Hollywood film companies want to get as wide of an audience as they can for their films. A tool to do so is not to show blood when people are shot. The reward, if you don't is a PG-13 rating. The possible side effect to your audience is a belief that violence is not messy which can lead to desensitization. Rob Grant and Mike Kovac had made a couple of small budget horror films that had moderate success on the festival circuit. Their second film Mon Ami followed two guys who worked in a hardware store that decided to kidnap the bosses' daughter for ransom. The bumblers end up killing her by mistake then go back to their hardware store to get tools to dismember the body. It's a video of this shopping spree that a fan sends to Rob making him begin to think about his responsibility to the public as a horror filmmaker.
To find out Rob and Mike go to a range and shoot guns, Mike gets in a fight in a dojo then they contact a criminal defines attorney friend to learn what it's like to interact with real criminals on a daily basis. Another contact links them to film consultant that they call "John" who has seen and likely participated in real violence. The repeated theme is in real life violence happens and it's over fast. You can beat someone up in eight seconds. If you're caught in the wrong place at the wrong time; one moment you're here and the next your gone.
Somewhere along the way, the theme of the film changes from determining the responsibility if any of a director to the public for the level of violence portrayed on screen to chasing down those that have experienced real violence on both sides to find out how it made them feel. The latter a more dangerous proposition with real-life consequences that could put the subjects, filmmakers, family, and friends in jeopardy.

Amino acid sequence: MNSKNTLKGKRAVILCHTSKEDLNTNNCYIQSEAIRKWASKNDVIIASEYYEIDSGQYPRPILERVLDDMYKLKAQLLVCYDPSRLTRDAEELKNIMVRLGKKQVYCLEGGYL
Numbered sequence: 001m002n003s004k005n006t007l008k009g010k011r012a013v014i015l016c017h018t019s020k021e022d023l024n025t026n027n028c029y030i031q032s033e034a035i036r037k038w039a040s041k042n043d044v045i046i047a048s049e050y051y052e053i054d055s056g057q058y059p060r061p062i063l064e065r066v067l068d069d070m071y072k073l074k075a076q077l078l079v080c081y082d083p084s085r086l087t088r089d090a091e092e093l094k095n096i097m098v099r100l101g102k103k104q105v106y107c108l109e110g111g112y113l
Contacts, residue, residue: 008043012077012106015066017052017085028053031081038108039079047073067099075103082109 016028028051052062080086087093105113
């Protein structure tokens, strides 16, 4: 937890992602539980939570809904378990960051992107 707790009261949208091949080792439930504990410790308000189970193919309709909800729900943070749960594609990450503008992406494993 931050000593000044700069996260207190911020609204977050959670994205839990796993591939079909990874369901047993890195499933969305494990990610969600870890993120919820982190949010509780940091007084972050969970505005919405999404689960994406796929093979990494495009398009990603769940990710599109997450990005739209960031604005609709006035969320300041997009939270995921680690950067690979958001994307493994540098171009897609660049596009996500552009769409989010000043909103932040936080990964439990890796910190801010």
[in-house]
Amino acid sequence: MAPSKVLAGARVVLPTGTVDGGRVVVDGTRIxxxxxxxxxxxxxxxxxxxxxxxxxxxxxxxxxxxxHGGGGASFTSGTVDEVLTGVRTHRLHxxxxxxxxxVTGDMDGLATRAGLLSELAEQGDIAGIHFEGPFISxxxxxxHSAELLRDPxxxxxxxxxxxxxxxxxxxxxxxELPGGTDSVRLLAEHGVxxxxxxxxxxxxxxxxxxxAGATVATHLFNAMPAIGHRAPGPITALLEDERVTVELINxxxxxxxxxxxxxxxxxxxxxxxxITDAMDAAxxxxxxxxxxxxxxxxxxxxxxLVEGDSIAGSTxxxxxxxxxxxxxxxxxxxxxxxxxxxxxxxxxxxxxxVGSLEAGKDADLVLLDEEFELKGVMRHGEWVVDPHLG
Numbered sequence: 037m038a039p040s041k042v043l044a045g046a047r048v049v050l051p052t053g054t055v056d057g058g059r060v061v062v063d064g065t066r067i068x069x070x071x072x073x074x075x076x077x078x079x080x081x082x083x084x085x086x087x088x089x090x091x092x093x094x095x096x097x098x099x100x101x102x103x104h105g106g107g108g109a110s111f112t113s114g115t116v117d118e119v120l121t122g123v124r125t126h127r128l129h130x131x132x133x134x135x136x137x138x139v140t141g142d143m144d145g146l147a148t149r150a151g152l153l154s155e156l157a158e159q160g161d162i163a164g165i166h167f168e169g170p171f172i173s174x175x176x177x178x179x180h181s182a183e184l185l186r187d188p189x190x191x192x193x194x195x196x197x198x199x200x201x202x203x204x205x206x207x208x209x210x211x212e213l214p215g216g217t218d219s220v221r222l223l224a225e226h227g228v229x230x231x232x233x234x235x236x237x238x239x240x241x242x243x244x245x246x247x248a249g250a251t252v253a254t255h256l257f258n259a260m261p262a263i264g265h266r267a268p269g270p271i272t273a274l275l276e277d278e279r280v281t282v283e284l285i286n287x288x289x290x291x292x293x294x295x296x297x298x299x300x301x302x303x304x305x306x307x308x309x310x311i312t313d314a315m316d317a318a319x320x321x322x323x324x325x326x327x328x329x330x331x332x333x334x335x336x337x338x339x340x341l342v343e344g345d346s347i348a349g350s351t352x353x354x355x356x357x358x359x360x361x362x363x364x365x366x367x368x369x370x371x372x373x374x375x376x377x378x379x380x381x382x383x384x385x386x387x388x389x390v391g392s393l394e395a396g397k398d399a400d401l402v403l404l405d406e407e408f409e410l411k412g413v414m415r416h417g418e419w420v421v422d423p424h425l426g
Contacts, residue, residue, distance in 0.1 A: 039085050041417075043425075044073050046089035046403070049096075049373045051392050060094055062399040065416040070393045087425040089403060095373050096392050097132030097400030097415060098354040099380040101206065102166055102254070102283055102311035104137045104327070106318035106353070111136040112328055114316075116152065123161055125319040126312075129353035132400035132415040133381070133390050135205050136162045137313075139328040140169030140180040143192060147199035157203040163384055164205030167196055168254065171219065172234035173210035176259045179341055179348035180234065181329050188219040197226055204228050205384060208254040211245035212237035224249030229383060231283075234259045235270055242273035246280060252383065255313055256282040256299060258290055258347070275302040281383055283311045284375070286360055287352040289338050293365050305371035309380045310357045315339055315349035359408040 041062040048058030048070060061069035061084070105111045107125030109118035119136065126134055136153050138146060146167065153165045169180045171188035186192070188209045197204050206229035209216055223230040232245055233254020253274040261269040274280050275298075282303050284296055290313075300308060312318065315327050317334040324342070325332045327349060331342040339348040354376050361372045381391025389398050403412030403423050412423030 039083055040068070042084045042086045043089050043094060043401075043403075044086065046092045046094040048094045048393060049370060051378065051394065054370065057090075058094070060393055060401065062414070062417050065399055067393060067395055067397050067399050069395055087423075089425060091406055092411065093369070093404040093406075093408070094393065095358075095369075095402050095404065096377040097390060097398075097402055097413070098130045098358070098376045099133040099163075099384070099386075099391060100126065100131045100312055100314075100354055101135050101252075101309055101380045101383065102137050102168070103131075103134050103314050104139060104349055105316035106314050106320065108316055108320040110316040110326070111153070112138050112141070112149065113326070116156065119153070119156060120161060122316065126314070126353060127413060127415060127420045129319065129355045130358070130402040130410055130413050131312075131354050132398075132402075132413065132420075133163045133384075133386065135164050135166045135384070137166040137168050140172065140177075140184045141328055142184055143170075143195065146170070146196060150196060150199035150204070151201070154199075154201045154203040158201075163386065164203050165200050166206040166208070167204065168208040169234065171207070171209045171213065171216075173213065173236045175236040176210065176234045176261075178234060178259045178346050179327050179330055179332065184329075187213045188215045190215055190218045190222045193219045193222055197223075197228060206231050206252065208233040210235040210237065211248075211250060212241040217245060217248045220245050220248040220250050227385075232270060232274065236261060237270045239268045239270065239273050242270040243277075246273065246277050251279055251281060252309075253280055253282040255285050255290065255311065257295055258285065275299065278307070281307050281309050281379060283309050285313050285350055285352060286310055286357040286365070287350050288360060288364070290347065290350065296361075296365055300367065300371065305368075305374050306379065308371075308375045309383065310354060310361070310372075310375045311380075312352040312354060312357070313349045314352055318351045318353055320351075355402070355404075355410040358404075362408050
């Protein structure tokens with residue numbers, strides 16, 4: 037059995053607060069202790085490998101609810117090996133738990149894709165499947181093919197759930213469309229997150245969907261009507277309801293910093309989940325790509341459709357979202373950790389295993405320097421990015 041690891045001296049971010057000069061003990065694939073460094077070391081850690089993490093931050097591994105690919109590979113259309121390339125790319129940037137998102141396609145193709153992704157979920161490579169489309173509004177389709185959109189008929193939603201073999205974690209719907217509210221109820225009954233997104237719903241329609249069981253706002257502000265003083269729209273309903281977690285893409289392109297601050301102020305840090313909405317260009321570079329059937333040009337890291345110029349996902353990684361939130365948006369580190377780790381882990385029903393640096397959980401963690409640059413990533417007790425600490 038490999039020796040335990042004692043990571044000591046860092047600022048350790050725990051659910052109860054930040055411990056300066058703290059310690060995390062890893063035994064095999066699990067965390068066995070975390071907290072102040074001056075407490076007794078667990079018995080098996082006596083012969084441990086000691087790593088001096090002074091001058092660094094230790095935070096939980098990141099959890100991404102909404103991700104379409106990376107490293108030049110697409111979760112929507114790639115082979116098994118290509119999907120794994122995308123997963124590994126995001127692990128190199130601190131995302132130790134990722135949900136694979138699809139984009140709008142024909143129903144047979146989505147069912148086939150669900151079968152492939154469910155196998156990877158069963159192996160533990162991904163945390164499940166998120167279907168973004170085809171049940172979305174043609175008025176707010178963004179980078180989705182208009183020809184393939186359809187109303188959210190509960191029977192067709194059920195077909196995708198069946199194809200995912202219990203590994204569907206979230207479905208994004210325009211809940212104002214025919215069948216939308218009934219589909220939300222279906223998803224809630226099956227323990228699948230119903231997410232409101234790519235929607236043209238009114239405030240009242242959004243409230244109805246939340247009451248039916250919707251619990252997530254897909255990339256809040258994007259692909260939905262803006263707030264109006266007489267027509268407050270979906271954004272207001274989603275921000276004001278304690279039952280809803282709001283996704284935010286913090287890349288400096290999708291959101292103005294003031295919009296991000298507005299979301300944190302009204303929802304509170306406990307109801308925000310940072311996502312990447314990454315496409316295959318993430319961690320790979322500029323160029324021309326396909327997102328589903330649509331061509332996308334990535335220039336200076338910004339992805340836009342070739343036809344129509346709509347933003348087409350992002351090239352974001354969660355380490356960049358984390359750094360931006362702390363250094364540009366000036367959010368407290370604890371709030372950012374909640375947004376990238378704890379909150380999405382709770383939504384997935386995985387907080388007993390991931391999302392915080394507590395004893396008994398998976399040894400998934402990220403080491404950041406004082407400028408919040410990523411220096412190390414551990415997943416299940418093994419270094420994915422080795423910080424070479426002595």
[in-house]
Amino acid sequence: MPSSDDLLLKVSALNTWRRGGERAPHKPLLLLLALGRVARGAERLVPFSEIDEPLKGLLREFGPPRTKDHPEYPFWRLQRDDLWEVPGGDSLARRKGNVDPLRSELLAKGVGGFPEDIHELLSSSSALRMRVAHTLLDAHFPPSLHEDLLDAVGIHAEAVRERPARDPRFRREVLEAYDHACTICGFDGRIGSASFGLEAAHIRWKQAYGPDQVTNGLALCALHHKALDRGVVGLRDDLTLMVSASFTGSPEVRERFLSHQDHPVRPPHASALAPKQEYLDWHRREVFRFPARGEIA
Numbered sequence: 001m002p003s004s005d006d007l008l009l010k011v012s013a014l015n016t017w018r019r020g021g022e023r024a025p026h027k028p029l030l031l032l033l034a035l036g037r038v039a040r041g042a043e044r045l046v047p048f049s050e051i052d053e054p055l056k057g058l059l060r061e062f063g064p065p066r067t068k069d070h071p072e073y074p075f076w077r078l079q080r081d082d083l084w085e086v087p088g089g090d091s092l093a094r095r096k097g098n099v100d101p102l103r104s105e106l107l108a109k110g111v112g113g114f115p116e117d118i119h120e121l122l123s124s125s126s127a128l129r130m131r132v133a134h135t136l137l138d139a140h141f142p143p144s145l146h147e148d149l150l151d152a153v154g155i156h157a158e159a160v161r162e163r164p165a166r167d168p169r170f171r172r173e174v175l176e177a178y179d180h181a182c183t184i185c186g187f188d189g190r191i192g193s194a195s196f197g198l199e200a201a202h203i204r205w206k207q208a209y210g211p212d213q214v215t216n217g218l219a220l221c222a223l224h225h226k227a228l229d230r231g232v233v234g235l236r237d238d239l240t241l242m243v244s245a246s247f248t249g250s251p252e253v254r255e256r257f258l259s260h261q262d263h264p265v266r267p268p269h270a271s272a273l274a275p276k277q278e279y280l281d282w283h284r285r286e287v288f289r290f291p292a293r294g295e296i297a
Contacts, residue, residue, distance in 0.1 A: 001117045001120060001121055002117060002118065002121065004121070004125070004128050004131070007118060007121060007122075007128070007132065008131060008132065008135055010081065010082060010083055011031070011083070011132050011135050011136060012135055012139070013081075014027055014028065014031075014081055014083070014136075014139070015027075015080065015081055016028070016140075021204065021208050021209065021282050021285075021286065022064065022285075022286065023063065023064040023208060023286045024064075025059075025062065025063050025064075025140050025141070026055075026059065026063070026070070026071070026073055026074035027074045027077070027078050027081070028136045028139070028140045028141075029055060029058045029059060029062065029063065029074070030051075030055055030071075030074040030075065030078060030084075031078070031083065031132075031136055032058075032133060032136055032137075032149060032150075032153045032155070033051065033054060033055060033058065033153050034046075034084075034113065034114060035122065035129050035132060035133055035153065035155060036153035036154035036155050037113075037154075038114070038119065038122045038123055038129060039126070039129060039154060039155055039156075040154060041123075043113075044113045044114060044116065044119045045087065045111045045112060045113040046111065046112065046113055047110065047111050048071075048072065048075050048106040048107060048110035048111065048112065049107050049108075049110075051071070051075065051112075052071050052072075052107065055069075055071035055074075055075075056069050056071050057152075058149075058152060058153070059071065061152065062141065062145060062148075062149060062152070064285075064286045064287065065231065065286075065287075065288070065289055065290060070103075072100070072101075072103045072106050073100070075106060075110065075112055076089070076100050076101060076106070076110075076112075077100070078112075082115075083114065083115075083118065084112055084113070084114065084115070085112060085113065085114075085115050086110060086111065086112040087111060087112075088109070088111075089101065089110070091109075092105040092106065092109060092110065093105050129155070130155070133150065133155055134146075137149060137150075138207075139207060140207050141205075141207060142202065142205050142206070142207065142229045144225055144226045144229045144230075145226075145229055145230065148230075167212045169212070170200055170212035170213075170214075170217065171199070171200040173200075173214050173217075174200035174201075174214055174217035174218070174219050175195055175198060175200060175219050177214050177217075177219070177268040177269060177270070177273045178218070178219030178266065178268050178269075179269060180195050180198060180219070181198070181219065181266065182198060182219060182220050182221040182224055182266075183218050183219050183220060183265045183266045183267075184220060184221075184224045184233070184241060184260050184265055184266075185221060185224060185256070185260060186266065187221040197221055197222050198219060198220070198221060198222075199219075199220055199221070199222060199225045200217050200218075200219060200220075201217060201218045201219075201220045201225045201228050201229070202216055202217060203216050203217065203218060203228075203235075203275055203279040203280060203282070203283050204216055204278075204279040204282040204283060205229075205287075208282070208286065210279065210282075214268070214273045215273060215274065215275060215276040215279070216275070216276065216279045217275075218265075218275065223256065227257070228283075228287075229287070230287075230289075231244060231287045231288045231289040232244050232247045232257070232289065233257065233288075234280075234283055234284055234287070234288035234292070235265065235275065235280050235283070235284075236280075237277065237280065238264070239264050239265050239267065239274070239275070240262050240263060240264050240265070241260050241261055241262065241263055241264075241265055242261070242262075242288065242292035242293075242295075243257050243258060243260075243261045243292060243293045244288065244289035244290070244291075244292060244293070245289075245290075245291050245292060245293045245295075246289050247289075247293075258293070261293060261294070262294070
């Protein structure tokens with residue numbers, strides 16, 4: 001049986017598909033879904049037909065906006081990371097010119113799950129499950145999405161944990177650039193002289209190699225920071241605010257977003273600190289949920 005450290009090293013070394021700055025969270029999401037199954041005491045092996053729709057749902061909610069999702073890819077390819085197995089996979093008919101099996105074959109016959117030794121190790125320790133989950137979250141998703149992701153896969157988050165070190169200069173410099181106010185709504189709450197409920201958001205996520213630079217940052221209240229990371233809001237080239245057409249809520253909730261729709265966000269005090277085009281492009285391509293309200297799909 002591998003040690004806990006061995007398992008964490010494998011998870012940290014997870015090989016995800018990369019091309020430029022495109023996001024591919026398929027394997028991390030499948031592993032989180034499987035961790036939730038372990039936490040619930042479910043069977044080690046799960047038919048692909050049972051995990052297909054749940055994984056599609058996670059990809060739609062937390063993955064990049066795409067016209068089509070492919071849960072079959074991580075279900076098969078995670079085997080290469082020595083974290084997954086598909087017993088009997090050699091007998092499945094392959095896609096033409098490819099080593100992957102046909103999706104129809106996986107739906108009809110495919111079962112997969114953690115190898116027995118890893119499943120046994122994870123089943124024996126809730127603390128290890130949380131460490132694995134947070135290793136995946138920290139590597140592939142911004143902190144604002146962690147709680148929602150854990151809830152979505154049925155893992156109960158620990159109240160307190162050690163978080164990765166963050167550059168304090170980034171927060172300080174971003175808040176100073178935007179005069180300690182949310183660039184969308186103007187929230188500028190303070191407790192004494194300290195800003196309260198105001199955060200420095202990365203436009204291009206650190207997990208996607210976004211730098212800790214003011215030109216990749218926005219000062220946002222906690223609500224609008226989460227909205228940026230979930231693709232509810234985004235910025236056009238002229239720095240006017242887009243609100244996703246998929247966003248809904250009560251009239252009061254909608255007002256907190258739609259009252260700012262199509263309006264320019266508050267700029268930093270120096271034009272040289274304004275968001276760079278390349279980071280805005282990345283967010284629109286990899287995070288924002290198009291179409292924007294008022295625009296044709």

Fake Blood is a tense mix of lighthearted investigation and full-on psychological with the hint of physical peril. The documentary crosses over into reality inviting real-life consequences when the filmmakers ill-advisedly dig deeper into consultants John's stories. The switch is jarring leading to a final stanza that will stay with the viewer long after they exit the theatre. Another big difference pointed out to the pair is in movies as opposed to real life there is no aftermath. The filmmakers get to see the chilling aftermath of their actions first hand during the making of this documentary. As "John" states: Movies don't make people go out and kill people but they can change how guys who kill people behave.
**** Out of 4.
Fake Blood | Rob Grant | Canada | 2017 | 81 Minutes
Tags: Documentary, Consultant, Parking Lot, $600.00, Vancouver Island, Drug Trafficker, Manslaughter